diagnostic testing for heart conditions
Dayton Children’s offers state-of-the-art diagnostic testing for children, adolescents and adults with heart disease. Most of these tests can be performed in the clinic during regular clinic visits. This convenient option allows our care team to receive test results quickly. It also means fewer trips back and forth from the clinic for patients and families.
Some of our tests require children to be very still. If this is difficult for your child, a member of our anesthesiology team will talk to you about providing sedation during these tests.
Dayton Children’s offers the following cardiology tests.
ambulatory blood pressure monitoring
These monitors track a patient’s blood pressure over the course of 24 hours. Readings can help confirm high blood pressure readings taken in the clinic.
Cardiac magnetic resonance imaging (MRI) is a painless imaging test that uses radio waves, magnets and computer software to create detailed pictures of the heart. This test is only available at the hospital’s main campus.
A chest X-ray creates pictures of the structures in and around the chest, including the heart. It can be used to diagnose and monitor cardiac conditions.
Echocardiography uses high-frequency (ultrasound) waves to create pictures of the heart. It allows the doctor to see the heart’s structures and how the heart is functioning. We offer the following echocardiography tests:
- Transthoracic echocardiography — This test involves placing an ultrasound probe on outside of a person’s chest to obtain images of the heart.
- Fetal echocardiography — This test is performed on an unborn baby if results from a routine ultrasound or other prenatal test indicate possible heart problems. It is similar to a prenatal ultrasound, but uses special equipment to obtain images of the fetus’ heart.
- Exercise stress testing — This test involves exercising on a treadmill or stationary bicycle while the doctor monitors the patient’s blood pressure and heart rhythm. While the patient’s heart rate reaches peak levels, the doctor identifies the patient’s peak oxygen consumption and sometimes even takes ultrasound images. Results can show whether the heart is getting enough blood and oxygen during exercise.
- Transesophogeal echocardiography (TEE) — This test involves obtaining ultrasound images of the heart from inside the patient’s esophagus (“food pipe”). A TEE can obtain very clear images of the upper chambers of the heart, since those structures are located very close to the esophagus. It involves placing an ultrasound probe on the end of a thin, flexible tube, and passing that tube down the throat into the esophagus. This is usually done in the hospital as an outpatient procedure with the help of our anesthesiology colleagues.
Electrocardiography (also called EKG or ECG) is a test used to record electrical activity in the heart. It involves placing electrodes on the skin of the limbs and chest and also helps the cardiologist determine the size of the heart.
genetic testing and counseling
Genetic testing can help determine whether the child’s cardiac condition or defect is associated with inherited genetic factors. Test results can help physicians create a personalized treatment plan and help families be aware of the potential for other relatives to have a similar condition or defect.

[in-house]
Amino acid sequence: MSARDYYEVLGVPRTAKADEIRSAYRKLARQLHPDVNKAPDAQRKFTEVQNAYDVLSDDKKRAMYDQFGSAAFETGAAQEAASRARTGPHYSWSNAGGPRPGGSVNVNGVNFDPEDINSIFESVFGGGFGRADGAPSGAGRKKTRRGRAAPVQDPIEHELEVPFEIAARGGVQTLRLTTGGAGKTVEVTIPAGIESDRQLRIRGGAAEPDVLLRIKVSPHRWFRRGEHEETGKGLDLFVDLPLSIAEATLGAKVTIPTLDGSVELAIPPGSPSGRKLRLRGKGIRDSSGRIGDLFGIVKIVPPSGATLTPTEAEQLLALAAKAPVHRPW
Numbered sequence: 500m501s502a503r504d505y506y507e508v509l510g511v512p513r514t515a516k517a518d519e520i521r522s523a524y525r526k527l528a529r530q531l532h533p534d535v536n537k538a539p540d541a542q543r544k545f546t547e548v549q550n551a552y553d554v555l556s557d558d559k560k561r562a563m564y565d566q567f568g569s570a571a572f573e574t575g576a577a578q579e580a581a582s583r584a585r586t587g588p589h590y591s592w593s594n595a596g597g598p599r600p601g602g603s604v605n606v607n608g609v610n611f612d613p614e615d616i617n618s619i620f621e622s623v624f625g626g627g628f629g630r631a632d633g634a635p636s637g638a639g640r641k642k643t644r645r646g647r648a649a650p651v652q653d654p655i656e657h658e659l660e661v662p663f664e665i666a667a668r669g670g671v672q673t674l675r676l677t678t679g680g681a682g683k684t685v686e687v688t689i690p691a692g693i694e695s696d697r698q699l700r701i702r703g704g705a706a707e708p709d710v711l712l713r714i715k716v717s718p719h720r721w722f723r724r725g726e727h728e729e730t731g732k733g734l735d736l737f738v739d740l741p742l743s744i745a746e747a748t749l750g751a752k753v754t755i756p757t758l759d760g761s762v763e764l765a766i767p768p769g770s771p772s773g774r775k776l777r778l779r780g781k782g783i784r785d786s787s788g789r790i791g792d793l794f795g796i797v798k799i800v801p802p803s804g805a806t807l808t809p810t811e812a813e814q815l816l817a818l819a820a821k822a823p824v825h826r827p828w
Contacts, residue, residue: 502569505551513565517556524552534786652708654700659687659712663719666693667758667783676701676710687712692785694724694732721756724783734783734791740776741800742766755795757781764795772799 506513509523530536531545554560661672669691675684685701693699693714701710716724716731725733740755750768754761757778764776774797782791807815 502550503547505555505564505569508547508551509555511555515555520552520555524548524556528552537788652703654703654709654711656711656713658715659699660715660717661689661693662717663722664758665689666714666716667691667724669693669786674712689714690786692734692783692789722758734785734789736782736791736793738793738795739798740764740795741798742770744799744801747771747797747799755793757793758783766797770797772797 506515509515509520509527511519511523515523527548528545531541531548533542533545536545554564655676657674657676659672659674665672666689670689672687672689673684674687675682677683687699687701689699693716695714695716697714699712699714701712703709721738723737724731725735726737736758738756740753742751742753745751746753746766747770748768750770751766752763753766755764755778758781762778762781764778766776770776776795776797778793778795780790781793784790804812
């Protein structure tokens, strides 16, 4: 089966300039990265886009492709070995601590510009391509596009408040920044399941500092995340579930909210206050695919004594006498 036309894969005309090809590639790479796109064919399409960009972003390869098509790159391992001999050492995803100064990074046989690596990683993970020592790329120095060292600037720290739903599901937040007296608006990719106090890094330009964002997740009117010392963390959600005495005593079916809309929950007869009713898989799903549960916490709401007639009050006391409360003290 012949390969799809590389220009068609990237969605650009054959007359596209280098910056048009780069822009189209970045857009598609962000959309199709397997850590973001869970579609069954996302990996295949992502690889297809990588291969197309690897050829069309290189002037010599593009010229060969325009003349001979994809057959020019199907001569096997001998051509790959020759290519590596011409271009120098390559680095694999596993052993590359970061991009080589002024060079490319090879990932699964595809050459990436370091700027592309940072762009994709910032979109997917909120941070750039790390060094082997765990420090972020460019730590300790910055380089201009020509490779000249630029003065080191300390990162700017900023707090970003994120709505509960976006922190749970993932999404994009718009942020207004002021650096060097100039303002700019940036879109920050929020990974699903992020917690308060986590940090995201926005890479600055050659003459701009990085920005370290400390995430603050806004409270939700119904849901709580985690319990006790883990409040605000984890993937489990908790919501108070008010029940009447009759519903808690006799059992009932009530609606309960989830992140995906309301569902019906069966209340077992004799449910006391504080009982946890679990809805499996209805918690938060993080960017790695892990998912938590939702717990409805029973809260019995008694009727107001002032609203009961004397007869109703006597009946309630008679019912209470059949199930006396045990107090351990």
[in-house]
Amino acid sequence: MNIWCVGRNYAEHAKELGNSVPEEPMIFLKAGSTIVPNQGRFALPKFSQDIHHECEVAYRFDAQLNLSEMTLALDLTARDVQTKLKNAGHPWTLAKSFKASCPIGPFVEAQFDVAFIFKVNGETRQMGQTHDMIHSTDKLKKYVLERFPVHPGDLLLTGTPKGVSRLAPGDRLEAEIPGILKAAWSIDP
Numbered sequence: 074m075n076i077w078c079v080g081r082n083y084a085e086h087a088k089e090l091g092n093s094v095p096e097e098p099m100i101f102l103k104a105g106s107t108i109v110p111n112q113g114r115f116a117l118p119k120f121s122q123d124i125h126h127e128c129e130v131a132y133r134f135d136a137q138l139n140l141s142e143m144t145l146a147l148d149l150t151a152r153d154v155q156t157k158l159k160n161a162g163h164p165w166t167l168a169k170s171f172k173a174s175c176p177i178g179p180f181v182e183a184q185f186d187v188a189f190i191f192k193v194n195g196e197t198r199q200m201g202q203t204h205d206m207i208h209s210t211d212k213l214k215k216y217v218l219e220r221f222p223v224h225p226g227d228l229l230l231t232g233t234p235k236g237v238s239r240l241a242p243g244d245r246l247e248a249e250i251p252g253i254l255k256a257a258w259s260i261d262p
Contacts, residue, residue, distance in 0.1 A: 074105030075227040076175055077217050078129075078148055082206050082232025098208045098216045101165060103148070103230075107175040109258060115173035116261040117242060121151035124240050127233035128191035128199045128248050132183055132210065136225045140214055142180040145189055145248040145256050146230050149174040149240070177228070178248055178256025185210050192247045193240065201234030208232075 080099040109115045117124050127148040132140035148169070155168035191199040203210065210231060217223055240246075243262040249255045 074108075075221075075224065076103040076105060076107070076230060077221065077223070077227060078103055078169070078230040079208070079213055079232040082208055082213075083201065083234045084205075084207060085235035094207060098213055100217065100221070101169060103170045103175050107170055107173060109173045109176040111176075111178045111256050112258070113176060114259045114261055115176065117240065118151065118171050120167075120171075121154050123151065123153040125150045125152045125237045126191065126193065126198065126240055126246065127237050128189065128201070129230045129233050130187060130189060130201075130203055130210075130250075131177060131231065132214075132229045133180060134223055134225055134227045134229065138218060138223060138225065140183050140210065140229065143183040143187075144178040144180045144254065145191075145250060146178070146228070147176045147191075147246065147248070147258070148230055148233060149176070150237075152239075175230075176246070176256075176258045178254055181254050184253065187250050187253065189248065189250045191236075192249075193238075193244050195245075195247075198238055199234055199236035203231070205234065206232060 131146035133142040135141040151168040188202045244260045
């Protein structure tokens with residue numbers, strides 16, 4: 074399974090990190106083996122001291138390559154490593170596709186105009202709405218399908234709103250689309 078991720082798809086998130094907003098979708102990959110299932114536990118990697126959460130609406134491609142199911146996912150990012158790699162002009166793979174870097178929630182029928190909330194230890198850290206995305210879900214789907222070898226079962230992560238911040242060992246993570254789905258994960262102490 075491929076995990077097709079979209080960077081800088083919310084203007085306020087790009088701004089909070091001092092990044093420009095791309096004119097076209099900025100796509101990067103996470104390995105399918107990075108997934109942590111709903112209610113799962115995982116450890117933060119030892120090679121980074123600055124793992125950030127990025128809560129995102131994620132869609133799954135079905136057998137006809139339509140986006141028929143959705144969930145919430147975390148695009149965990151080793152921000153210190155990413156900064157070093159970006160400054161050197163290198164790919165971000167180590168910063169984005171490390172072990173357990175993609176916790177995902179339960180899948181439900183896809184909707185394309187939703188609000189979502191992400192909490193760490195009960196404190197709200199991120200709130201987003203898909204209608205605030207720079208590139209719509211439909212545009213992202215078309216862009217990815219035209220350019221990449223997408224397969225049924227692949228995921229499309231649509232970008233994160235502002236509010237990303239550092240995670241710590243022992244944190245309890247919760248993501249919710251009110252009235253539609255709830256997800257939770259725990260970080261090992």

portable electrocardiography (ECG) monitoring
Portable (or ambulatory) ECG monitors help the doctor learn more about heart rhythm problems. We offer three different kinds of ECG monitors: Holter, event monitor and Zio patch.
types of portable ECG monitors
- Monitor Type: Holter
- Purpose: This device assesses heart rhythm abnormalities over a 24-48 hour period.
- How to Document Data: Patients record their daily activities and any symptoms in a log book/diary. When experiencing symptoms, such as dizziness or chest pain, the patient presses the blue button on top of the monitor to mark the event.
- Special Instructions: Patients should maintain normal activities, but not shower or bathe while wearing.
- Monitor Type: Zio patch
- Purpose: This disposable, wireless patch assesses heart rhythm abnormalities. Patients may wear it for up to 14 days.
- How to Document Data: While wearing the patch, patients document their symptoms in an event log/diary.
- Special Instructions: Patients may shower while wearing the patch, but should be careful not to submerge it in water. Keep soaps and lotions away from the monitor.
- Monitor Type: Event monitor
- Purpose: This device assesses heart rhythm abnormalities . Patients may wear if for 30 days.
- How to Document Data: Patients who have arrhythmias may be asked to wear this device. When a patient experiences a symptom of arrhythmia, he or she presses a button to record their heart rhytm. Patients transmit data by phone to the Dayton Children’s pediatric cardiology team for analysis.
- Special Instructions: Requires a land line to transmit data by phone.
myocardial perfusion imaging
Myocardial perfusion imaging (MPI) is a non-invasive imaging test that shows how well blood flows through your heart muscle. Patients who undergo an MPI receive an injection of radioactive dye, then have an exercise stress test. This test is sometimes called a nuclear stress test.
tilt table testing
This test helps doctors find the cause of fainting spells. Your child will lie on a bed, which can be tilted to different angles. Machines monitor blood pressure, electrical impulses in the heart, and oxygen level.
if your child needs a cardiac catheterization
Cardiac catheterization can help doctors perform therapeutic procedures on the heart and its blood vessels in order to treat some heart conditions, including heart rhythm abnormalities. Dayton Children’s does not offer cardiac catheterization, but if your child needs one, our specialists will recommend a skilled specialist and provide a referral.